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Three appear in court after £60,000 of cocaine seized by PSNI between Armagh and Newry

Bail was refused 'on risk of flight and risk of further offences'

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Three Lithuanian nationals have appeared in court facing charges relating to the seizure of a substantial quantity of cocaine.

Court heard that £60,000 worth of cocaine was allegedly located concealed under the carpet of a vehicle which was stopped on the Armagh Road.

Edmundas Gedvilas, 62, and Remigius Vitkauskas, 28, both of Mourne Crescent, Coalisland, along with Raimondas Zilionas, 40, of Gortmyre, also Coalisland, appeared via videolink at Lisburn Magistrates’ Court on Monday.

Gedvilas and Zilionas were charged with a range of drugs offences including possession of class A drugs, possession of class A drugs with intent to supply, importing a class A controlled drug and being concerned in the supply of class A drugs.

Meanwhile, Vitkauskas faced charges for possession of class A drugs, possession of class A drugs with intent to supply and possession of class B.

Bail applications made on behalf of Zilionas and Vitkauskas were objected to by police.

Outlining the case, prosecution stated that on May 29, at 7.30pm, police stopped a vehicle on the Armagh Road, between Newry and Armagh.

Court was told that the vehicle was owned and driven by Gedvilas with Zilionas being a front seat passenger, and the men explained that they had been returning from visiting a friend in Dublin.

It was stated that police conducted a search, during which one kilogram of cocaine was located concealed under the carpet in the rear of the vehicle.

Prosecution submitted that this had a street value of around £60,000.

Gedvilas and Zilionas were arrested, making no reply to caution, and were conveyed to Lurgan custody suite.

Zilionas gave police a home address in Coalisland, however, when this was checked they spoke with his ex-partner, who said he did not live there and she had not seen him in some months.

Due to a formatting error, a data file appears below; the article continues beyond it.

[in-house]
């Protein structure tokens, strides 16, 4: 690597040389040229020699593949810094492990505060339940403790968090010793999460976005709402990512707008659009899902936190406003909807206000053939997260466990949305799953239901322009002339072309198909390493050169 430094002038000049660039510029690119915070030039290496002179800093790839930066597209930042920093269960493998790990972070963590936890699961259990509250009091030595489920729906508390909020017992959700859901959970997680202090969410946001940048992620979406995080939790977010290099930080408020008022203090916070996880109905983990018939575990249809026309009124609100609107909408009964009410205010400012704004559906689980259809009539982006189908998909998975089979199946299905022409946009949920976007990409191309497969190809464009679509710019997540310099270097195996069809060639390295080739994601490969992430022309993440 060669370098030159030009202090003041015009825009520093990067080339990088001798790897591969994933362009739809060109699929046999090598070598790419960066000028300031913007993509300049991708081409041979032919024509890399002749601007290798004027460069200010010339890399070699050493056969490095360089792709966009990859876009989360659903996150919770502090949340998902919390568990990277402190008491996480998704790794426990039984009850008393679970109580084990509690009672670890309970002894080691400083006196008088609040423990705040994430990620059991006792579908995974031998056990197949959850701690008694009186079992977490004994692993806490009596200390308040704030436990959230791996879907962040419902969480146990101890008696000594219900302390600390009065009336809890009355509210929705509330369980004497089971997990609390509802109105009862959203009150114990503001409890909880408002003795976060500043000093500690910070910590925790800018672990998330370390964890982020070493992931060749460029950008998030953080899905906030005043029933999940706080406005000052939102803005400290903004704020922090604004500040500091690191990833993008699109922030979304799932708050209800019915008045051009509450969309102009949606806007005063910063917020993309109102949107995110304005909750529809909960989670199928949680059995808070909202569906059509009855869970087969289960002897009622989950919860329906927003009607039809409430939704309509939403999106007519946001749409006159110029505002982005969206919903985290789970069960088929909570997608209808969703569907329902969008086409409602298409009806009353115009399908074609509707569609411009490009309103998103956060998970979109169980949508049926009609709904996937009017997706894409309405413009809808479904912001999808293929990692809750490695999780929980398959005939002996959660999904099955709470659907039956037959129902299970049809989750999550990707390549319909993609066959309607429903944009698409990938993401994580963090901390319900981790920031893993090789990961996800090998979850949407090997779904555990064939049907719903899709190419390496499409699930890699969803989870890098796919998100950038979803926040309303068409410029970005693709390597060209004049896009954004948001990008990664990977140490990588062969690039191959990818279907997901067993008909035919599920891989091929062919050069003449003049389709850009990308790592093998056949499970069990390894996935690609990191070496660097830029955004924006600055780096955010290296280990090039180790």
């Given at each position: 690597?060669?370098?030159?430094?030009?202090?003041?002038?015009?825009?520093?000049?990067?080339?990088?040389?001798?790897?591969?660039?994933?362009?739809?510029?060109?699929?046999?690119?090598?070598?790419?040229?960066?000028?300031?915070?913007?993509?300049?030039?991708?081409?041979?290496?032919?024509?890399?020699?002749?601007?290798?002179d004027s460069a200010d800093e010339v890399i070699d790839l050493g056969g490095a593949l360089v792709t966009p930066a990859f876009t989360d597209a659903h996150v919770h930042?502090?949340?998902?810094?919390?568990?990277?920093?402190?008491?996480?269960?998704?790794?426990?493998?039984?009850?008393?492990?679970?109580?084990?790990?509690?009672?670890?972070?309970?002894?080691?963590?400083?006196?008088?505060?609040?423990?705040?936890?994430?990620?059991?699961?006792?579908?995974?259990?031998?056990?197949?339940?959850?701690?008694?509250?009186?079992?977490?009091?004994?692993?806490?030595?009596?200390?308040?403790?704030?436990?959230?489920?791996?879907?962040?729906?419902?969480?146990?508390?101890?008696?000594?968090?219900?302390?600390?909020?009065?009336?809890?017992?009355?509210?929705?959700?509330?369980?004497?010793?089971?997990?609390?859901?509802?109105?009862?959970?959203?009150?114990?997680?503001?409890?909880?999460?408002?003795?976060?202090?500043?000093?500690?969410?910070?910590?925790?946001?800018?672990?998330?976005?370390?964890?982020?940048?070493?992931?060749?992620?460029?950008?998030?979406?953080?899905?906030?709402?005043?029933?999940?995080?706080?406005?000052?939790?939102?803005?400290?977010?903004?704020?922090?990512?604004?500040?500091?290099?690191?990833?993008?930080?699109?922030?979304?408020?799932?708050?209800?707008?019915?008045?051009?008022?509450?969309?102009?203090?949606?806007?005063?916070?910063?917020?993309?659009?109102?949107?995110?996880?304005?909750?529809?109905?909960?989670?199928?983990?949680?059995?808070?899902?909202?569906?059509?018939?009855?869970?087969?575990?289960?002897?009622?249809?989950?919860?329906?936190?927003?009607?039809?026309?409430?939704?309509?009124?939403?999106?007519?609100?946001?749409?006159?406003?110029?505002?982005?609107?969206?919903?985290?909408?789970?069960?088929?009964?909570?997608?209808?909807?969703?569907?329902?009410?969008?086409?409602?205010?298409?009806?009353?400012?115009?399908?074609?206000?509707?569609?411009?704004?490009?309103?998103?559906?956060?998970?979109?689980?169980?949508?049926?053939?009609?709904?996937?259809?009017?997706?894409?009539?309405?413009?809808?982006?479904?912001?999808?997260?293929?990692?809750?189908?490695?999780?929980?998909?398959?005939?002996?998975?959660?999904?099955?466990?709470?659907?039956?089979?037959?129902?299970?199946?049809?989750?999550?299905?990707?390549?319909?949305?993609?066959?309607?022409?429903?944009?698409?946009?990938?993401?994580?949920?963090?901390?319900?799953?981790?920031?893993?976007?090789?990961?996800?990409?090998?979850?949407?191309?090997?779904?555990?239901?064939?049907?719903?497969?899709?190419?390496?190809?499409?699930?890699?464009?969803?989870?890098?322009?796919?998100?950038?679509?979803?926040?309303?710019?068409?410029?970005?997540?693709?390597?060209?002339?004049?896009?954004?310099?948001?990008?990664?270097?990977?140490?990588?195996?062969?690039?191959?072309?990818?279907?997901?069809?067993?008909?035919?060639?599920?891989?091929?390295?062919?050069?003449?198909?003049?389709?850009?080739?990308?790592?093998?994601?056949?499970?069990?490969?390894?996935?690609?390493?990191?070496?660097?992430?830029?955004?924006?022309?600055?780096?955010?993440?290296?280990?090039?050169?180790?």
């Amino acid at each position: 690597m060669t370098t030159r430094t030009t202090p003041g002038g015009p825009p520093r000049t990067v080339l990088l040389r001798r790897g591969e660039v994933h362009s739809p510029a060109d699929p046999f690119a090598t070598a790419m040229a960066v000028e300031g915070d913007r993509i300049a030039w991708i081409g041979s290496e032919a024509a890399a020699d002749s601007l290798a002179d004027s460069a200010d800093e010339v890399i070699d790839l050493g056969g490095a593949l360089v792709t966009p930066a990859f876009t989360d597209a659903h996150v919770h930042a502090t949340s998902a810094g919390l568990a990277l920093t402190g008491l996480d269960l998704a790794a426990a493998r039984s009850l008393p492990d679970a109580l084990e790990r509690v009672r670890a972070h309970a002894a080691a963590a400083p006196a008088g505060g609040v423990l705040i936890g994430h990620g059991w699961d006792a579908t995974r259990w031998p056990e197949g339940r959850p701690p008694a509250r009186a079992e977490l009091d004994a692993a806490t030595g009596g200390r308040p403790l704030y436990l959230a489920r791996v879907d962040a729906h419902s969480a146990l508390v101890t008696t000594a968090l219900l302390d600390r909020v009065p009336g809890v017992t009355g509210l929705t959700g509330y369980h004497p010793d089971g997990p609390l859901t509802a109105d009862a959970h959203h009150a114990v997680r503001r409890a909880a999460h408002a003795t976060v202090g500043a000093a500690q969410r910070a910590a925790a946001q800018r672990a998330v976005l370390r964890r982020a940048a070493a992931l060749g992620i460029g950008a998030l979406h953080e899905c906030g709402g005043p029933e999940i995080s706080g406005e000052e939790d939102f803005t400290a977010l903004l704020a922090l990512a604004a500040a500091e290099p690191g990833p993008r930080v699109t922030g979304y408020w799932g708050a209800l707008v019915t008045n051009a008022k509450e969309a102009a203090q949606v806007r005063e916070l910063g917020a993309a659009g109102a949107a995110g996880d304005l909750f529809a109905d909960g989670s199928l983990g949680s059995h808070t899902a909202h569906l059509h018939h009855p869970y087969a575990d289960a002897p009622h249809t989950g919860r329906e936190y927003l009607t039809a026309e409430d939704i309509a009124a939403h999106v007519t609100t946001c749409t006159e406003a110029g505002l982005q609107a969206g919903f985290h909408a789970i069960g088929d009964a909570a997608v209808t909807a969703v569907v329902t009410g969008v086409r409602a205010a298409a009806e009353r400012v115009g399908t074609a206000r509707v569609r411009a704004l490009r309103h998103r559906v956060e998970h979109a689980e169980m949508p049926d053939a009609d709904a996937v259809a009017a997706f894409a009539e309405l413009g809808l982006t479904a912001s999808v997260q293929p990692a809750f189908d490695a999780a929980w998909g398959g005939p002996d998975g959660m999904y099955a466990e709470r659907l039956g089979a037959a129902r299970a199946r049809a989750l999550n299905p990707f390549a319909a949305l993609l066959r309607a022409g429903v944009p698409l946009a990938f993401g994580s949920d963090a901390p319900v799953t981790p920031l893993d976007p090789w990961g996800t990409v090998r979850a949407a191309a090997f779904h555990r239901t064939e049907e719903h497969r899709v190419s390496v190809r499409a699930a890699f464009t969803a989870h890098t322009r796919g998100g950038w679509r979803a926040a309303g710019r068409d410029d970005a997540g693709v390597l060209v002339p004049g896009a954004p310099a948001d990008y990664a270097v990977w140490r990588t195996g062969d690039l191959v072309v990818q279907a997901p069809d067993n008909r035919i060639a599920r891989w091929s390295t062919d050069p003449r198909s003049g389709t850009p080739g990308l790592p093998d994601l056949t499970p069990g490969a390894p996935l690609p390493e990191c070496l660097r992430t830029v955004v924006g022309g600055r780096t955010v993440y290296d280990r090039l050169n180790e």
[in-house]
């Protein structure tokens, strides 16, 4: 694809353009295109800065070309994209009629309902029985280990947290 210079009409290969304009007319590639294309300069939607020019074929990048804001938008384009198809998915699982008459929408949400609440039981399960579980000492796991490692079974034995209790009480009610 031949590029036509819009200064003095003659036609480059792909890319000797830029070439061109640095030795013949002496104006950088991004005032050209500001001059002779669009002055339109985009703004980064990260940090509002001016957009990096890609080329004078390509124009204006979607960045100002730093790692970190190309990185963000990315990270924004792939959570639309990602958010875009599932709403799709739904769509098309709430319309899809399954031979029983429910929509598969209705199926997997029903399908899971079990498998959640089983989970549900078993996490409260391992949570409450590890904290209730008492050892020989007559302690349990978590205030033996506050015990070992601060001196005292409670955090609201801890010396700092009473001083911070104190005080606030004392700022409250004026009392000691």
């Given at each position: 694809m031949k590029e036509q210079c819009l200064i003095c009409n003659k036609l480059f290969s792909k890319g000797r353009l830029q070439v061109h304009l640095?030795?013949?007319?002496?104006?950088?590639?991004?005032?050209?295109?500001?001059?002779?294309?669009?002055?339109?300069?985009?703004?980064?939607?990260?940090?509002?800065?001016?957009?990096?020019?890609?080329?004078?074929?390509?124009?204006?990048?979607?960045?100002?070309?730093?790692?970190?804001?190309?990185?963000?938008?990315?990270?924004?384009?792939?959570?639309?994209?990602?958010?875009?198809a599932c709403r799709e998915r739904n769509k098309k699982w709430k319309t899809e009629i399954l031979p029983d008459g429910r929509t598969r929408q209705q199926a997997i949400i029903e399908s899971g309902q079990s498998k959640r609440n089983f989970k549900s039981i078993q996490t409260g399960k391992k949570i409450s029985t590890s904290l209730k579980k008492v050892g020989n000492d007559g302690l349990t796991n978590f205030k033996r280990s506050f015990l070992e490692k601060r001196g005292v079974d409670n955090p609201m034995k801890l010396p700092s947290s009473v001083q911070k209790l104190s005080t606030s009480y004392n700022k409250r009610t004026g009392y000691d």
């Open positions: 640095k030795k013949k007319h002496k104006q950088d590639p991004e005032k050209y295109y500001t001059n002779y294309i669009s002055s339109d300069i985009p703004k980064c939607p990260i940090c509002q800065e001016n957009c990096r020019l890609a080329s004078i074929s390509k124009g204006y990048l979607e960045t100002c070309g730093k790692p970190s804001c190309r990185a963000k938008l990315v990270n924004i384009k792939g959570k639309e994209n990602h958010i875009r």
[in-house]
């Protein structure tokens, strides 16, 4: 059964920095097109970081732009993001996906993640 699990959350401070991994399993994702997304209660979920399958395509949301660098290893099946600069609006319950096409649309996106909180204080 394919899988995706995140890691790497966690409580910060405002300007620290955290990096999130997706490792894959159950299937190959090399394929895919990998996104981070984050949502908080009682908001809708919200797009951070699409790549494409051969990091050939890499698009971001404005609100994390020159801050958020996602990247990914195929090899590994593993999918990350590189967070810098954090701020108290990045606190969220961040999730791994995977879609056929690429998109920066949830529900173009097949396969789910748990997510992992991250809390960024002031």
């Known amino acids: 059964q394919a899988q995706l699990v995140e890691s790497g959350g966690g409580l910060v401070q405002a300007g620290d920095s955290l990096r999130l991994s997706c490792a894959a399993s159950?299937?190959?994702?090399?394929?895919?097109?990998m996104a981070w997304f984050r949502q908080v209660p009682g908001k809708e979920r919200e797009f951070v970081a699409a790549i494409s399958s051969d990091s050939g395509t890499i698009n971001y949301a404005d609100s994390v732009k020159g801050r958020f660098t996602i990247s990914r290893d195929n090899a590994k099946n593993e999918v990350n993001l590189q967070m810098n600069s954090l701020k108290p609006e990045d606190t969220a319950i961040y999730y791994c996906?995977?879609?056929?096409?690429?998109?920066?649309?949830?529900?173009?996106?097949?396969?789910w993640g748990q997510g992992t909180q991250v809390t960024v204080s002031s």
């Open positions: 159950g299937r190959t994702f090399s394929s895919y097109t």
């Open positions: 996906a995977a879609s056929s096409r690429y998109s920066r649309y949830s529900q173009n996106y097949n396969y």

Gedvilas gave another address in Coalisland, and police attended and spoke to Vitkauskas at this property.

He told officers that he lived at this address with Gedvilas and claimed not to know Zilionas.

During a search of this property, it was alleged police located a further £6,000 worth of cocaine in the kitchen along with a number of mobile phones and a set of scales in an upstairs bedroom.

A rucksack containing a vacuum packing machine and a small quantity of herbal cannabis were also seized, the court was informed.

Vitkauskas was subsequently arrested and taken to Lurgan police station.

When interviewed, Vitkauskas said he had been living in Northern Ireland for four years; he accepted ownership of the cannabis and said the scales were used to weigh this.

He told officers that he had a partner and child living in Lithuania, where he wished to return after the pandemic, but denied any knowledge of the cocaine found in the house.

Zilionas accepted that the cocaine found at the house was his and claimed to have bought the vacuum packing machine from “gypsies” 10 days prior.

He denied any knowledge of cocaine in the car and maintained he had been visiting a friend in Dublin.